south coast clean which opens up the Taputeranga Marine reserve or maybe head further east and
check out the stunning swim throughs and terrain of Breaker Bay. In a southerly we have the Inner
Harbour where you can pick up scallops for a feed, or track down some of the world’s largest
seahorses. Seeing up to 10 or more 20cm seahorses is not all that uncommon when you’re diving
around Kau Bay or Mahanga Bay. The reward trudging through the silty water with limited vis to
come across these massive examples of what looks like evolution gone wrong is fantastic. No matter
how many times I have come across seahorses I still always stop to have a good look and take some
video. Maybe you would rather head out west to Whitireia Park or Rocky Bay in a southerly where
encountering huge short tailed sting rays are common. These local goliaths of Wellington can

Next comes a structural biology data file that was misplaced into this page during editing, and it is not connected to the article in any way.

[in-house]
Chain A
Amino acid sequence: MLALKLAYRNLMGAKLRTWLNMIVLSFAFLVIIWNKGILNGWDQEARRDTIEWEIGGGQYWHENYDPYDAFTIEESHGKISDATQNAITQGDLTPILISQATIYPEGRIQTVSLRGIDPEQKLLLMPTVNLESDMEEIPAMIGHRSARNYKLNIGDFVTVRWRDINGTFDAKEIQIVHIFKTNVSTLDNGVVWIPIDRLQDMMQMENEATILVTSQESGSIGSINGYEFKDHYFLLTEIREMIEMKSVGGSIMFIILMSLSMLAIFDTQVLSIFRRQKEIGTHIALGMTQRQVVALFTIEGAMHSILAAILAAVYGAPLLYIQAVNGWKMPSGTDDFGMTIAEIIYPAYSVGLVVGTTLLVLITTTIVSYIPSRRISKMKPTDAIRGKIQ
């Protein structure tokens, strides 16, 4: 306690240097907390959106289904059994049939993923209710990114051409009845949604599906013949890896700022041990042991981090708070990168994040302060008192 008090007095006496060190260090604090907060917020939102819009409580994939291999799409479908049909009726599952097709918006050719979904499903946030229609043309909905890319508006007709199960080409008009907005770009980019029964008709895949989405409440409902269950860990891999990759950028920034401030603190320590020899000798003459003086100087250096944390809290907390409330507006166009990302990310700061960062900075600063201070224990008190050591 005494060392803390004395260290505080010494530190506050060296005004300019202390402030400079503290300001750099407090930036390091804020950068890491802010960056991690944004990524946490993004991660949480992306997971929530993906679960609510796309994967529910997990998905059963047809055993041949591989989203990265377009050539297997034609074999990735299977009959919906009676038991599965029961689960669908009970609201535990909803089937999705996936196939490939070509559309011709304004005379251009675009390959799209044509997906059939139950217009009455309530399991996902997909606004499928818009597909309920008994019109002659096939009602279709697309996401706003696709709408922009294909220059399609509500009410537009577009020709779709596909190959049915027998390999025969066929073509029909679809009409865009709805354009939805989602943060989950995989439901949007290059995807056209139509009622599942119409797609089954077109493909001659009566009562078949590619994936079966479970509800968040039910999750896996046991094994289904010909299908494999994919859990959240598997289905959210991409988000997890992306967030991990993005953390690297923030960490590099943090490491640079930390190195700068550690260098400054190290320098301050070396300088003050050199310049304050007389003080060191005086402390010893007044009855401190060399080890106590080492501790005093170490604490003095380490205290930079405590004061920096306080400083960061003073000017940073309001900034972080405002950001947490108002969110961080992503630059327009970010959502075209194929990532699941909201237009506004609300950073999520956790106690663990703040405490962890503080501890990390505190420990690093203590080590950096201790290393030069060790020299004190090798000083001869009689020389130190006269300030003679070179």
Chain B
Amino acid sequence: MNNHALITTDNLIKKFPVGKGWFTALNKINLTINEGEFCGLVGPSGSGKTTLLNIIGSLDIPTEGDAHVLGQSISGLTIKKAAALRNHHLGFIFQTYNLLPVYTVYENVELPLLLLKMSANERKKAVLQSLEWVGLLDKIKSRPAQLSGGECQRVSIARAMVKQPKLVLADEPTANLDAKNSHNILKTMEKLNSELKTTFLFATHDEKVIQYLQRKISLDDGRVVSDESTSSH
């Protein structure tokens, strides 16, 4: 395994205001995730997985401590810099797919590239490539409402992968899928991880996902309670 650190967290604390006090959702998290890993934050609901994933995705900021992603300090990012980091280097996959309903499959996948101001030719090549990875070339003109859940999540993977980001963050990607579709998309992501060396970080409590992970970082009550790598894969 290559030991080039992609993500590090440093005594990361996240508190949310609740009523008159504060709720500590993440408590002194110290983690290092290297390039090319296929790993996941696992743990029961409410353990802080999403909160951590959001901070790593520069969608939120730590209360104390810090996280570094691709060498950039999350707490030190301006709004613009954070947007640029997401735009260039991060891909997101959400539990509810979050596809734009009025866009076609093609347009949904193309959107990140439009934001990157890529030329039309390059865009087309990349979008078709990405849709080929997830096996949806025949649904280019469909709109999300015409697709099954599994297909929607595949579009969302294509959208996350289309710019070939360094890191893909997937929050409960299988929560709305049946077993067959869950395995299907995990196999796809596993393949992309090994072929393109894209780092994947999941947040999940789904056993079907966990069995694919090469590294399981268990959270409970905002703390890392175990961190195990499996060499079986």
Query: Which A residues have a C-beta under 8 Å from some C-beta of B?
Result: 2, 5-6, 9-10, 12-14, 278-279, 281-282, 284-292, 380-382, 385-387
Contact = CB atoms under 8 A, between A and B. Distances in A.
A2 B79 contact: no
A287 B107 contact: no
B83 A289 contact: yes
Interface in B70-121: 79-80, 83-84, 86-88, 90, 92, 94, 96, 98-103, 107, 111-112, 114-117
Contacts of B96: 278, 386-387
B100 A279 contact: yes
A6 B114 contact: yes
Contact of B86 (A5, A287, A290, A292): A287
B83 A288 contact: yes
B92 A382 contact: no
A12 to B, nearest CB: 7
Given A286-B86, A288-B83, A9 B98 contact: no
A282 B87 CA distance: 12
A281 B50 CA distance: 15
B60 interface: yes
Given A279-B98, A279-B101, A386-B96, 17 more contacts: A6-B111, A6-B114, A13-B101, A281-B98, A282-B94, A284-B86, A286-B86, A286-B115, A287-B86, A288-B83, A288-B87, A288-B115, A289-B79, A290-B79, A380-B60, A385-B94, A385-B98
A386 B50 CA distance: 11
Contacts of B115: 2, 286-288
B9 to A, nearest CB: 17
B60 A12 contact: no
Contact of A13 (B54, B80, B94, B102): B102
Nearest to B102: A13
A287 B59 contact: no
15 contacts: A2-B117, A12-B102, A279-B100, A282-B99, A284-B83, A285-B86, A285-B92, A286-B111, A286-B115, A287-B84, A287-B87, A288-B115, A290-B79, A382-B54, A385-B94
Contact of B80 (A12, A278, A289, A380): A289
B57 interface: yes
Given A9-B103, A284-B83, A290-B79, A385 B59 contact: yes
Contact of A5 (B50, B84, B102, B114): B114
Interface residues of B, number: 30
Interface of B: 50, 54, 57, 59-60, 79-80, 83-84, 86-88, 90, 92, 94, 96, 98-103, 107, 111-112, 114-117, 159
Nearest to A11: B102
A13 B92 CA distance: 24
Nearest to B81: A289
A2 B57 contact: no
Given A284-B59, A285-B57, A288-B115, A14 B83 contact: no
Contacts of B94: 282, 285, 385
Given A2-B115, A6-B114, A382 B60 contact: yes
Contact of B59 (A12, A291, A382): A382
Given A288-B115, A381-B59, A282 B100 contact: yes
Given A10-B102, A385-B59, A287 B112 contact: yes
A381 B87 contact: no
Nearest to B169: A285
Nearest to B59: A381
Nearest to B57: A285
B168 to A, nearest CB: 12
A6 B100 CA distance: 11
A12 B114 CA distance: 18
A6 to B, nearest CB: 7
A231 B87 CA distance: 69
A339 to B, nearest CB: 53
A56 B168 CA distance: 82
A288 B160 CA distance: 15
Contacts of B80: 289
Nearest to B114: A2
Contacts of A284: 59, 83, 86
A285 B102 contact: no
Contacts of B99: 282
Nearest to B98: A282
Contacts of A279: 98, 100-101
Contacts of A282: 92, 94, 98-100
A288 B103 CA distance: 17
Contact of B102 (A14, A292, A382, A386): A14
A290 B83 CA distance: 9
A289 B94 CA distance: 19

measure over 2m wide, while daunting at first these gentle beasts are truly awesome. No matter
where the weather takes you in Wellington you’re sure to have a rewarding dive.

When I say Wellington has world class diving, I mean it. Wellington is a treasure trove of diving to
suit everyone’s wants and needs. We have cram packed crayfish nests, some silty scallop beds and
kelp forests brimming with butterfish. Our two marine reserves offer an incredible array of life to
admire and photograph if that’s more your thing. There are wrecks galore to satisfy hardcore history
buffs. And no matter the weather there is always somewhere worth getting your gear wet. I love
Wellington diving and am glad to be back! How could anyone argue that Wellington doesn’t have
world class diving when it has all of this and more on offer?